Empirical results from the paper confirm the statistical superiority of nonlinear Markov-switching models over linear vector autoregressive models in charaterizing exchange market pressure and explaining co-movements between money (or credit conditions) and exchange market pressure. Further, it turns out that the EMP identification scheme adopted by the nonlinear empirical specification yields results that are consistent with theoretical predictions, in particular, the results confirm the prediction that monetary contraction (or increasing interest rates) during periods of depreciation pressure can help restore normalcy in the foreign exchange market.3 But monetary expansion may not be a plausible policy option in the case of appreciation pressure, particularly in countries with limited role of uncovered interest parity in exchange rate dynamics. In such cases, monetary expansion defeats the primary objective of monetary policy—price stability—and could instigate further foreign exchange market instability. Nor does monetary contraction through the use of indirect control instruments (such as open market operations and interest rate changes) help resolve the problem, since monetary contraction through such means only increases the desirability of the domestic currency and exacerbates the appreciation pressure. However, policies that limit foreign exchange market intervention and thereby reduce monetary expansion would dampen appreciation pressure while also helping reduce inflation.

The rest of the paper is set up as follows. Section 2 models exchange market pressure as a nonlinear process and reviews the theory. Section 3 presents some stylized facts from Kyrgyz data and argues for its relevance in understanding exchange market pressure. It also sumarizes empirical results from a congruent Markov-switching representation of co-movements of exhange market pressure, the monetary policy stance and inflation in the Kyrgyz Republic. Finally, the concluding section summarizes the empirical findings and draws policy lessons for the Kyrgyz Republic.

II. Defining Exchange Market Pressure

A. A Working Definition

Exchange market pressure has been variously defined in the literature, but the most commonly used definition sees EMP as an excess money phenomenon driven by abnormally large excess domestic currency demand or supply, which forces the monetary authorities to take measures to stem disruptive appreciation or depreciation of the currency. Defined this way, EMP reflects monetary disequilibrium that drives the demand for a safe-haven currency, and may be exercebated by foreign exchange market intervention. Thus, the defining elements of EMP essentially include the simultaneous occurrence of excess demand or supply of a currency and deliberate policy action by the monetary authorities to “lean against the wind” and prevent the currency from appreciating or depreciating. Following the literature (see for example Girton and Ruper, 1977, and Weymark, 1997 and 1998), we derive and characterize EMP in the next section as driven by excess demand or supply of the domestic currency. The literature derives EMP as the sum of exchange rate changes and international reserve accumulation, with little regard to the dynamic relationship between exchange rate changes and intervention by monetary authorities during EMP episodes, or periods of speculative attacks. We extend the definition in the literature by introducing nonlinearities that help distinguish among three regimes—periods of depreciation pressure, normal exchange rate movements and appreciation pressure. In what follows, we explain the essential defining characteristics of EMP as presented in Table 1 below, where et denotes the domestic price of a unit of foreign currency and Rt is the level of foreign exchange reserves (scaled by domestic reserve money), such that Δet and ΔRt indicate percent changes in the exchange rate (with a positive change depicting depreciation) and foreign reserves, respectively. It is clear from Table 1 that exchange market pressure evolves in a nonlinear fashion and, therefore, requires nonlinear econometric methods to efficiently uncover its characteristics.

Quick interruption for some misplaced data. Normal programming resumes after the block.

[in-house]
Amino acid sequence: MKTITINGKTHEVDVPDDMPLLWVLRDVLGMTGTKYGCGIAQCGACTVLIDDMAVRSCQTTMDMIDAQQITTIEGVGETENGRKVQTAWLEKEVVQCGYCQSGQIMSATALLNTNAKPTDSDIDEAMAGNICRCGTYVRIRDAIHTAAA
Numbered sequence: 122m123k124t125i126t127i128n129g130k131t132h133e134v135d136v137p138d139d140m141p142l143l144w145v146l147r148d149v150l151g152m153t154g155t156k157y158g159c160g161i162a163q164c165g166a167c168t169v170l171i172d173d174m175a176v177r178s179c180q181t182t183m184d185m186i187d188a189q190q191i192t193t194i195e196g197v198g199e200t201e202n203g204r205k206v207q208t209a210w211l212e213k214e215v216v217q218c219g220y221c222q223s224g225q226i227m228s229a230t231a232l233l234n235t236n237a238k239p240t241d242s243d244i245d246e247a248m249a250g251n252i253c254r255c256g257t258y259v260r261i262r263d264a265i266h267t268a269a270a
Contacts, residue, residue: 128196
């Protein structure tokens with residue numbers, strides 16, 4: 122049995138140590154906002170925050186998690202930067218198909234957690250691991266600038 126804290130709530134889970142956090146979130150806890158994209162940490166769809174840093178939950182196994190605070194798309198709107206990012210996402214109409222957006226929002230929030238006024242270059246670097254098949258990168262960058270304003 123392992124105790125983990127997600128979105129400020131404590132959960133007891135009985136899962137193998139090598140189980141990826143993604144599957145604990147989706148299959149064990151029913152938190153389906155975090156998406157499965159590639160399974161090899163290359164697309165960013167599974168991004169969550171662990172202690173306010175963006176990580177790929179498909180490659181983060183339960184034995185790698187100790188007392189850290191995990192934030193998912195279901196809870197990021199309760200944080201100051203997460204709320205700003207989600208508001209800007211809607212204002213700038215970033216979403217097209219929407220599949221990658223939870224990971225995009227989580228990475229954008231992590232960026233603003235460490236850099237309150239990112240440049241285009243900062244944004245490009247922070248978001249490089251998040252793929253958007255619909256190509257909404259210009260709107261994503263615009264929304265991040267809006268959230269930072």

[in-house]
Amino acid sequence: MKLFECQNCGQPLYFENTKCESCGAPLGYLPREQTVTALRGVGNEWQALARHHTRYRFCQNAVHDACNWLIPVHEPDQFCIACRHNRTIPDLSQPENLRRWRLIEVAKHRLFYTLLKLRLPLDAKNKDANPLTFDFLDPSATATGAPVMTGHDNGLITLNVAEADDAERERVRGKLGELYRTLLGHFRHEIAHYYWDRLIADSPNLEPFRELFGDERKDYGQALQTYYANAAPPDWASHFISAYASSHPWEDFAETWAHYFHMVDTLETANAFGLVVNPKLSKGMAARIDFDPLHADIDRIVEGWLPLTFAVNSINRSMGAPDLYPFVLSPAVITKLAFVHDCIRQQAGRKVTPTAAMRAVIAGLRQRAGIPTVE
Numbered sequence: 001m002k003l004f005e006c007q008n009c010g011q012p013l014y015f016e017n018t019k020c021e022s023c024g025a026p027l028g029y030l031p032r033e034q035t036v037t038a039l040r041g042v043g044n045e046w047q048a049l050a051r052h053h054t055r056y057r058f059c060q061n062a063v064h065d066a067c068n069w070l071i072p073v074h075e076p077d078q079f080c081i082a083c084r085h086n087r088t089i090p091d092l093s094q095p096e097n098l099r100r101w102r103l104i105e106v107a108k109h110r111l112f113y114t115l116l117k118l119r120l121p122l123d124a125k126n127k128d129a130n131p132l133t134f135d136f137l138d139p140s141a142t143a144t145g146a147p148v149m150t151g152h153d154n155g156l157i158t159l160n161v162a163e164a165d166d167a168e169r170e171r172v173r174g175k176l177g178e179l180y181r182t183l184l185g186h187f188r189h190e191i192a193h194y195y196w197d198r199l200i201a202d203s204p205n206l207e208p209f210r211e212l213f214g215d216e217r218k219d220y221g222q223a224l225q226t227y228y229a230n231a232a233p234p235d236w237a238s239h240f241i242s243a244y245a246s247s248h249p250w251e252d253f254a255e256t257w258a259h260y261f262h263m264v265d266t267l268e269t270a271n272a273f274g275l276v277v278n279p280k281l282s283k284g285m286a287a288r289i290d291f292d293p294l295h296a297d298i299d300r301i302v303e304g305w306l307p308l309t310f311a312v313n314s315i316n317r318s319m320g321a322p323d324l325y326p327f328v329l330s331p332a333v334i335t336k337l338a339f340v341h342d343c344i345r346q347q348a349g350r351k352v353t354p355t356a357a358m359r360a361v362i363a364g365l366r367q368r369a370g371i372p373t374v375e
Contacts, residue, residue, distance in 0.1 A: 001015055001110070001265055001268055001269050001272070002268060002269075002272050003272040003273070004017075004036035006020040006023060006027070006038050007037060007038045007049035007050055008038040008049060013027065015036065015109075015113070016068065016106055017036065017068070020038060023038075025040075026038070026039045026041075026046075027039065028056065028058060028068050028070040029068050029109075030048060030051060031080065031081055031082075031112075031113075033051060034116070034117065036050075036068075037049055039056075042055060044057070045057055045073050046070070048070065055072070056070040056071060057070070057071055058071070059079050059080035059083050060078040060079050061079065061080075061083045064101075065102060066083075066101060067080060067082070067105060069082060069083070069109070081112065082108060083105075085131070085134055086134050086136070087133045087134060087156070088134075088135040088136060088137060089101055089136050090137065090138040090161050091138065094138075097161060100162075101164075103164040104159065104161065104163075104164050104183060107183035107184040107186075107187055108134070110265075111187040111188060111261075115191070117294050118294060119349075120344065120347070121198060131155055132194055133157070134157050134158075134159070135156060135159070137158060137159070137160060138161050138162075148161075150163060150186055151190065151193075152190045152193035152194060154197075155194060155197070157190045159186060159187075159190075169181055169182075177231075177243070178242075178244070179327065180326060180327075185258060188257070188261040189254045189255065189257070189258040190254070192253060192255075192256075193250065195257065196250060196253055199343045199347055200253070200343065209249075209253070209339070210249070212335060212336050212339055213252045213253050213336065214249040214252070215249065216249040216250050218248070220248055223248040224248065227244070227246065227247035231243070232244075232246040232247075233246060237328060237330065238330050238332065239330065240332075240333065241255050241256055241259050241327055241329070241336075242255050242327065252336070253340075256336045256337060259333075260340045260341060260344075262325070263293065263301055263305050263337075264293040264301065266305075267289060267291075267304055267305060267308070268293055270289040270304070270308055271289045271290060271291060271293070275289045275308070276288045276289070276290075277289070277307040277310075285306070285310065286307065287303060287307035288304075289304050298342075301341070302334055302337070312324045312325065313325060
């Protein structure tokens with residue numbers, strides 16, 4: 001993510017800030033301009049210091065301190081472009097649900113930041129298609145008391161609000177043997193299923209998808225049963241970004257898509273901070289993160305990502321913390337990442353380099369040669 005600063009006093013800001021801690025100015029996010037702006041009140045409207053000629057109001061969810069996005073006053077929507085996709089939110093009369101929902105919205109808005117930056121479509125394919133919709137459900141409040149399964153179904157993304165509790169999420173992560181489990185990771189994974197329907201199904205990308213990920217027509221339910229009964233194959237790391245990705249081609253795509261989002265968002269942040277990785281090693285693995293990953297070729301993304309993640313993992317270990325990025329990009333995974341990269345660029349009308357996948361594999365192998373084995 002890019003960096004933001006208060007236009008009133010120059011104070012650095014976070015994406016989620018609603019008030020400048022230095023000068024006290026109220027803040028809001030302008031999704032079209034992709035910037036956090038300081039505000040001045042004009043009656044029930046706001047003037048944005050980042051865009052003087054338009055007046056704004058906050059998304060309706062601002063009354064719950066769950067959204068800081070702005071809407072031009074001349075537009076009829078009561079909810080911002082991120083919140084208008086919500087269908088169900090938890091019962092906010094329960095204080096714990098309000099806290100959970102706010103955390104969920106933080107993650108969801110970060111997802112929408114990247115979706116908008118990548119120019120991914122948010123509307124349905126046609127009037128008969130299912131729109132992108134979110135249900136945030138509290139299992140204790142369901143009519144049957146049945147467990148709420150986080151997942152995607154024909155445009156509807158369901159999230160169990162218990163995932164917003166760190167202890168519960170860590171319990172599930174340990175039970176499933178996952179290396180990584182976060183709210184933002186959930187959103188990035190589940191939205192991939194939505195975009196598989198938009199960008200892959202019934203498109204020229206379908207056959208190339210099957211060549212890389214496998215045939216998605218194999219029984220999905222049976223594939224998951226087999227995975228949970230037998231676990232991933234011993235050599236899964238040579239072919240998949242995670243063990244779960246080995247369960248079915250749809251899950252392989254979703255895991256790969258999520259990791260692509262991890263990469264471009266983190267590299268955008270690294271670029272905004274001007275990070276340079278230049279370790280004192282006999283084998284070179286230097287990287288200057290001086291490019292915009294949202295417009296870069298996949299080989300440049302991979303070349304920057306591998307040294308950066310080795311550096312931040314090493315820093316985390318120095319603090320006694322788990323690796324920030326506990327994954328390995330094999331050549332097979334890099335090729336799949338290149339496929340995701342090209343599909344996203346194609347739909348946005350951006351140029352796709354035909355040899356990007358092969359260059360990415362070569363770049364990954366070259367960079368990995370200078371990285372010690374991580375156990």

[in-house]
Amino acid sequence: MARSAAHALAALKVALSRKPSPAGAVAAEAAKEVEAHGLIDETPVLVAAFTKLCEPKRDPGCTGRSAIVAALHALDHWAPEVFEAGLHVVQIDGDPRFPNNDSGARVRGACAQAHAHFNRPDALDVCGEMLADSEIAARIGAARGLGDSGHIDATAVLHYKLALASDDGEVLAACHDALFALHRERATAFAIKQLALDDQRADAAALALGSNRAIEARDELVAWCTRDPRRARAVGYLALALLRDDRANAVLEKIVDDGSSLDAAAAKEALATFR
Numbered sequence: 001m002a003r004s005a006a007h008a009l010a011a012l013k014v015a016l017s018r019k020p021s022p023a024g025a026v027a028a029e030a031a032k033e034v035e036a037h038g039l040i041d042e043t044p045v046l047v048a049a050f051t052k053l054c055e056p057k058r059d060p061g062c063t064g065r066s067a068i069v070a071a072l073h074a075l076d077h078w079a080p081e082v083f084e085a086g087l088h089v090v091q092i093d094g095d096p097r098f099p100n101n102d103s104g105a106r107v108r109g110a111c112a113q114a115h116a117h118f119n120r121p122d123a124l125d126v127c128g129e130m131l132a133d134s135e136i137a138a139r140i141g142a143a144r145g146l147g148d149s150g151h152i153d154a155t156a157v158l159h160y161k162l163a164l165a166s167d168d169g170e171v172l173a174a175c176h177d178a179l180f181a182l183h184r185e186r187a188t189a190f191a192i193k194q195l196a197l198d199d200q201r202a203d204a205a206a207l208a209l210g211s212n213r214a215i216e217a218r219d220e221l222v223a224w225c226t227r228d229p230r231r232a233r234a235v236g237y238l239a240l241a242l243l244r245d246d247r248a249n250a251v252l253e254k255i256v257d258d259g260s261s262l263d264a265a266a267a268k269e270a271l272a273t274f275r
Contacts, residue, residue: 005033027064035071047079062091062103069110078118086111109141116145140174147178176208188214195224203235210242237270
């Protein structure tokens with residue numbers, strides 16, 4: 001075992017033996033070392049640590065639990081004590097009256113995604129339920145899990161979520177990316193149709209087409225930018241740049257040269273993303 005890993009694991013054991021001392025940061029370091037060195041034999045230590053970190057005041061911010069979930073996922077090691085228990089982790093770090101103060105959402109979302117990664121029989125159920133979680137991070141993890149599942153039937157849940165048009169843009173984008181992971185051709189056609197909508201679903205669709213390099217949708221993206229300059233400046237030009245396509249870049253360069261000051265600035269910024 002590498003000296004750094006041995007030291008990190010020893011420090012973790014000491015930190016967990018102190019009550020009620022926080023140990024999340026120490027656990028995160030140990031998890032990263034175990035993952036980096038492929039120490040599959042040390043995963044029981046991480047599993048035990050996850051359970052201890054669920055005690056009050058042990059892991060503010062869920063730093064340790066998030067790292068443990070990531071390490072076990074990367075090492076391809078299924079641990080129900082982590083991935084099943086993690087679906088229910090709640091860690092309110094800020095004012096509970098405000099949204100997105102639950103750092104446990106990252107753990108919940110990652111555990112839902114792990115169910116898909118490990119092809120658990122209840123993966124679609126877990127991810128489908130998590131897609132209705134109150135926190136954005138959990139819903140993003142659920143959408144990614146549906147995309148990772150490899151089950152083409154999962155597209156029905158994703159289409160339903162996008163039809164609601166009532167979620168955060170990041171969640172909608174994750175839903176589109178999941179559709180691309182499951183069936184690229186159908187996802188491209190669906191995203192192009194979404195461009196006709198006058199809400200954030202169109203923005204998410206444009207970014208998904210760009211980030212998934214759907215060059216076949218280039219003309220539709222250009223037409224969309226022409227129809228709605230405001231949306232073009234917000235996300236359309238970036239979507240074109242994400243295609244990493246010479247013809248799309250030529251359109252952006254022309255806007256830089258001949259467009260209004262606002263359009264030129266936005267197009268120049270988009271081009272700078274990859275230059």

Table 1

Characterizing Exchange Market Pressure

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B. The Theory

As stated above, the incidence of exchange market pressure requires the simultaneous occurence of exchange rate appreciation or depreciation and a conscious effort by the monetary authorities to lean against the wind. Such a constellation of characteristics is adequately captured in the literature, which is based mainly on the monetary model of exchange rate movements and speculative behaviour of agents in the foreign exchange market (see for example, Weymark 1995). Following Eichengreeen et. al. 1994 and 1995, and Pentecost et al., 2001, this paper integrates uncovered interest parity (and by implication, the assumption of nonperfect substitutability between domestic and foreign assets) as the main factor influencing agents’ portfolio choice decision. The specification allows introduction of interest rate differentials as one of the components of exchange market pressure.